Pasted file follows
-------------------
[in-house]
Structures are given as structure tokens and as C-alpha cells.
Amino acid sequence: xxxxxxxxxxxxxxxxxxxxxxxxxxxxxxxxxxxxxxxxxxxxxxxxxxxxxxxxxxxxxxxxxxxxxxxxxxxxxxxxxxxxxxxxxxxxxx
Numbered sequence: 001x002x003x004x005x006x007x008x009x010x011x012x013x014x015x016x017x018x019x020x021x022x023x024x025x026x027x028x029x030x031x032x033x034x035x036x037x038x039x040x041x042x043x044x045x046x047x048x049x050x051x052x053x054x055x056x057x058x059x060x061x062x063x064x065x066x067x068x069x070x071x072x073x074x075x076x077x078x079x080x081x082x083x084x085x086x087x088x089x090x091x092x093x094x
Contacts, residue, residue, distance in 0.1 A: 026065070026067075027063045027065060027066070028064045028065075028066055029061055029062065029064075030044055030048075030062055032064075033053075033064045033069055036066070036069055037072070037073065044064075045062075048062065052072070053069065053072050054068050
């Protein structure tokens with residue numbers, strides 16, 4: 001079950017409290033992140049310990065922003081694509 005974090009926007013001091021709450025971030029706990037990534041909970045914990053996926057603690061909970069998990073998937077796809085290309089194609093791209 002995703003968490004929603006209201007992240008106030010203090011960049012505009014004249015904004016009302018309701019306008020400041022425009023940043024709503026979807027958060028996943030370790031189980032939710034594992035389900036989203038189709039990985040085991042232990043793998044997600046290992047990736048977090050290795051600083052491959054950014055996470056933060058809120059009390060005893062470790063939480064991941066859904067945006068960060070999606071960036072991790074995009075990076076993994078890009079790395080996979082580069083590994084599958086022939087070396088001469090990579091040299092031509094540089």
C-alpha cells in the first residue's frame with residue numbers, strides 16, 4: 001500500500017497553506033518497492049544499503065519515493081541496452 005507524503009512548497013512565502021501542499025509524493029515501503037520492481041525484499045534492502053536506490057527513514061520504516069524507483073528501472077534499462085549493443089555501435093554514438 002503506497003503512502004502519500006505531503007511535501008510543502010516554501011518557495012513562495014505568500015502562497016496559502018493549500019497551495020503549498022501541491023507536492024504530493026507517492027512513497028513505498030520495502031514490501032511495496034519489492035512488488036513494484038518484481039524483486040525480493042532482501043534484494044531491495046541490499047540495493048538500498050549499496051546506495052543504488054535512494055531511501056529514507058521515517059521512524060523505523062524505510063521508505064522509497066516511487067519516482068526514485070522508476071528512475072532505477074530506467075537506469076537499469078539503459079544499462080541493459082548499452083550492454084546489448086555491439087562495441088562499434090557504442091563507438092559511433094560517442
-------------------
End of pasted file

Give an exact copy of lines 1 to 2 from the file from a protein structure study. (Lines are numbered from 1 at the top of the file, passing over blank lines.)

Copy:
[in-house]
Structures are given as structure tokens and as C-alpha cells.